On Last Week Tonight, host John Oliver blasted the NCAA and its affiliate schools for reaping billions of dollars from college athletes and denying them basic protections.
John Oliver - Last Week Tonight
On Last Week Tonight, host John Oliver blasted the NCAA and its affiliate schools for reaping billions of dollars from so-called “student athletes” while providing nothing beyond an education, the right to be screamed at by a millionaire coach, and the threat of losing their scholarship if they become injured.
With March Madness about to begin this week, Oliver notes that the tournament brings in over $1 billion in ad revenue for the NCAA — more than the NFL realizes from the Super Bowl — yet student-athlete participants are not paid a cent.
“There is nothing inherently wrong with a sporting tournament making huge amounts of money,” he said, “but there is something slightly troubling about a $1 billion sports enterprise where the athletes are not paid a penny.”
Oliver shared tales of student athletes who have gone hungry, had to put up with screaming obscenity-filled tirades from coaches who are paid millions of dollars, and are at risk of being declared ineligible should they run afoul of rules contained in a 440-page manual provided by the NCAA.
“A 400-odd page manual of rules,” Oliver wondered. “The only other thing that has that many finicky rules should be a sex party at Wes Anderson’s house.”
While the NCAA, coaches, and college administrators at the non-profit schools praise the idea of the student-athlete – a term created by an earlier NCAA president to avoid paying disability claims should an athlete suffer an injury — former athletes note what a raw deal they received while the schools are awash in cash as the result of their labors.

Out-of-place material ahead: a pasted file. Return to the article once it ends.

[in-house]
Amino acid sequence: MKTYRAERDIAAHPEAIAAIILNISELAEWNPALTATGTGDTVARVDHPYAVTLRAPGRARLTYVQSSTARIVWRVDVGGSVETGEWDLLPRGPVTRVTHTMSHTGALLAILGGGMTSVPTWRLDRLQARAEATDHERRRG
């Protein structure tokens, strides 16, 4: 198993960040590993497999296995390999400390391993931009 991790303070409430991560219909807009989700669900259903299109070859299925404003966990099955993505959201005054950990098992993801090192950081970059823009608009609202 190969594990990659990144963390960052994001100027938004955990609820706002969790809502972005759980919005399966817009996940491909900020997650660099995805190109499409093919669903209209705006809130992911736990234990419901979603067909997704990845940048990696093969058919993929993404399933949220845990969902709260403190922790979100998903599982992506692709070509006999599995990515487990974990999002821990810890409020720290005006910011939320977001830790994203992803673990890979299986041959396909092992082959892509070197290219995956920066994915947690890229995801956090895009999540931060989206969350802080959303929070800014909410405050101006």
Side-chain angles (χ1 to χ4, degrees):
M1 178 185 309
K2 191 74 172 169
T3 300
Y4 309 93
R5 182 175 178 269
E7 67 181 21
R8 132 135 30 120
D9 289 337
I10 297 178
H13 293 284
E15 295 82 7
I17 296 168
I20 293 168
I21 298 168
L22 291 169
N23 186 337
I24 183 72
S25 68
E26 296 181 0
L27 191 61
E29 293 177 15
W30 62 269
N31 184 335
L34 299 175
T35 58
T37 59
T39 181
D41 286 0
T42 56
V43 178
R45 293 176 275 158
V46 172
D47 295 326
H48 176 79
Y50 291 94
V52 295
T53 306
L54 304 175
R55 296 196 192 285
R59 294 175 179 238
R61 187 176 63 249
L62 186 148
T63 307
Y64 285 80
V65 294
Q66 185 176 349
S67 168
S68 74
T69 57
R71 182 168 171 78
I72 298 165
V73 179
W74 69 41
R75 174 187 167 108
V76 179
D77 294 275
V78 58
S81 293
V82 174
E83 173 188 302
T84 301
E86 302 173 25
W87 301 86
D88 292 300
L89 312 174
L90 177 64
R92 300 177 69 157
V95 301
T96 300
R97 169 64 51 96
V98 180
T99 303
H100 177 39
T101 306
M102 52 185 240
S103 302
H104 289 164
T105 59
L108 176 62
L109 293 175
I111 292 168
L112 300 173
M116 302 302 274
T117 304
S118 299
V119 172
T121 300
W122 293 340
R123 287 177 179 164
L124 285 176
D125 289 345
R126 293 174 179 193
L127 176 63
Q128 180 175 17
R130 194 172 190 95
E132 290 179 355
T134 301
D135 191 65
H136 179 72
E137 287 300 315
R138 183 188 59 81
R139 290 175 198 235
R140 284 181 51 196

Saying America has a “long proud history of paying aging white men unconscionable amounts of money for screaming at people,” Oliver focused his ire on Clemson football coach Dabo Swinney who is paid over $3 million a year.
When asked about compensating college athletes, Swinney said, “As far as paying players, professionalizing college athletics, that’s where you lose me. I’ll go do something else. Because there’s enough entitlement in this world as it is.”
“If you find that infuriating, “Oliver explained, “You might like to know that ‘Dabo Swinney’ is an anagram for for ‘Soybean Wind,’ which I think is fitting because he’s as appealing as an edamame fart.”
Oliver went on to propose the hashtag #soybeanwind because, “it is probably something he would be annoyed by and would not want people to know on a wide basis.”
Oliver summed up his feelings about the exploitation of athletes, saying, “If it truly is all about the romance of amateurism, that’s fine. Give up the sponsorships and the TV deals, stop paying the coaches, and have the teams run by an asthmatic anthropology professor with a whistle.”
Watch the video below from Last Week Tonight: